Discuss  the figurative language used by Robert Bridges in "London Snow."

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carol-davis eNotes educator| Certified Educator

The lovely imagery of a delightful snow fall makes “London Snow” by Robert Bridges a sensory feast for the reader.  Writing during the Victorian period in England, he transforms every aspect of a typical nature experience into visual and auditory representation. Although the snow is not unusual, the approach to this part of nature makes the reader feel like he too has been asleep while the snow fell in his front yard.

With an eye for detail, the poet evokes the overnight surprise for the people when they awake in the morning and see the snow covering everything.  As the Londoners sleep, the brown of the winter is covered over by the splendor of the “large, white flakes.  “Deadening, muffling, stifling,” the snow seems threatening and constricting, while “veiling” the “road, roof and railing,” it seems to proclaim the luminous snowflakes.

Utilizing several types of figurative language, Bridges first enhances his depiction with alliteration:

Stealthily and perpetually, settling and loosely lying…

Into angles and crevices softly drifting and sailing.

Then he goes on to use a series of adjectives to illustrate the silence of the snow as it “silently sifting, roof and railing….” The multi-cultural city becomes a single radiant silence; and the diversity of buildings, a single vision. “Unevenness” turns “even," conflict turns to peace, and blemishes are banished.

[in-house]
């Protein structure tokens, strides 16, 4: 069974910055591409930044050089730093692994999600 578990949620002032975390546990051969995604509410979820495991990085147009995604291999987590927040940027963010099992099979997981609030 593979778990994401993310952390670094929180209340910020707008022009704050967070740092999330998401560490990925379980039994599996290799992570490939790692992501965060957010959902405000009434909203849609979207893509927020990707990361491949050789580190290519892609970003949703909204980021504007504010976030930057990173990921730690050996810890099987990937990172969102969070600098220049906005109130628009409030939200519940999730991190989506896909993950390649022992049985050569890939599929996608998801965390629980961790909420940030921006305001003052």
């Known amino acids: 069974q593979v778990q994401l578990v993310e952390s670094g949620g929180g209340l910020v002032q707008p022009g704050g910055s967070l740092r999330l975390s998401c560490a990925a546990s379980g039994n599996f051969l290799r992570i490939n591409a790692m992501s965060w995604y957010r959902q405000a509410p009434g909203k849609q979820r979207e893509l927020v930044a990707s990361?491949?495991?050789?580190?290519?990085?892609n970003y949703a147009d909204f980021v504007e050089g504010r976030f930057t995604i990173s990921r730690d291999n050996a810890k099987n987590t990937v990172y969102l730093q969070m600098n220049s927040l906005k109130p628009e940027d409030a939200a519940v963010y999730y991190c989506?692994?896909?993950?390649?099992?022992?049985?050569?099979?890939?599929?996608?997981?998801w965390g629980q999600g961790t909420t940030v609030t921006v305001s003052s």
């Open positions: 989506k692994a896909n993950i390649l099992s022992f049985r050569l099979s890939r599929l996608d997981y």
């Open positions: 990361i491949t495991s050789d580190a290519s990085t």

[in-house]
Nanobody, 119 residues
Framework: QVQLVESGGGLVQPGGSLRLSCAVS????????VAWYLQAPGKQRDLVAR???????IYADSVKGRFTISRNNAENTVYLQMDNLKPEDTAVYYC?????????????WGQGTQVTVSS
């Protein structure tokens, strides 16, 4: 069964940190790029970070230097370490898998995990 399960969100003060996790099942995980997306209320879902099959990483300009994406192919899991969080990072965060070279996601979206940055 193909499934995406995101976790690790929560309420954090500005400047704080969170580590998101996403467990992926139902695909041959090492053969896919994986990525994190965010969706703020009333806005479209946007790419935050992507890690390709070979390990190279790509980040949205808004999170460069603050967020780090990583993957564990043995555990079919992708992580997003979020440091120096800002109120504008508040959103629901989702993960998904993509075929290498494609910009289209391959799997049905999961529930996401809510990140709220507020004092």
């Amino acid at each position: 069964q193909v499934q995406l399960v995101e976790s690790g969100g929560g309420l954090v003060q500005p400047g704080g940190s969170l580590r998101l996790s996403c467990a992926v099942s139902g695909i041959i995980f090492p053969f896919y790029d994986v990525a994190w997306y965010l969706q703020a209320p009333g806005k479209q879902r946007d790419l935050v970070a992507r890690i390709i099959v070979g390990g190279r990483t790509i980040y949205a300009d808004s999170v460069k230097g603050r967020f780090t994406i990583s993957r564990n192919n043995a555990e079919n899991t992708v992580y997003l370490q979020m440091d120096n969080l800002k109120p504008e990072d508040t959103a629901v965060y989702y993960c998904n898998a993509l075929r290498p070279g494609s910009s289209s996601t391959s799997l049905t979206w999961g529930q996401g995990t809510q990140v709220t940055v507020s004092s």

This was no average snow fall…seven inches when everyone awakens in the morning. No one dares go out early in the morning.

The children on the way to school are the first to dare the snow.  As they walk along, they gather up the “crystal manna” which is a biblical reference to a blessing from heaven or the shiny snow to taste and freeze their tongues; and of course, here comes the snowball fights.  As the boys walk toward their destination, one of them yells to look at the trees filled with the snow and hanging almost to the ground.  

Finally the rest of civilization begins to venture out into the “white-mossed wonder” [ metaphor--moss to snow].The visage of St. Paul’s Cathedral with the sun shining down on the sparkling beams begins to awaken the day.

The author employs a distinctive metaphor concerning the adults who do not frolic in the snow as the children do; they have to wage a war against the snow to find their way to work. If someone is going to walk through seven inches of snow, it is like a battle that has to be fought to find the best way and hope not to slip on the slick walkway.

The men [another interesting metaphor used here compares the men as they walk in single line to a train], even for them is difficult to conquer. The snowfall’s beauty rids their minds of their worries. Snow’s magic can push away the thoughts of the daily toil. The poem's imagery delights the imagination with interesting word choice to bring the scene to life.

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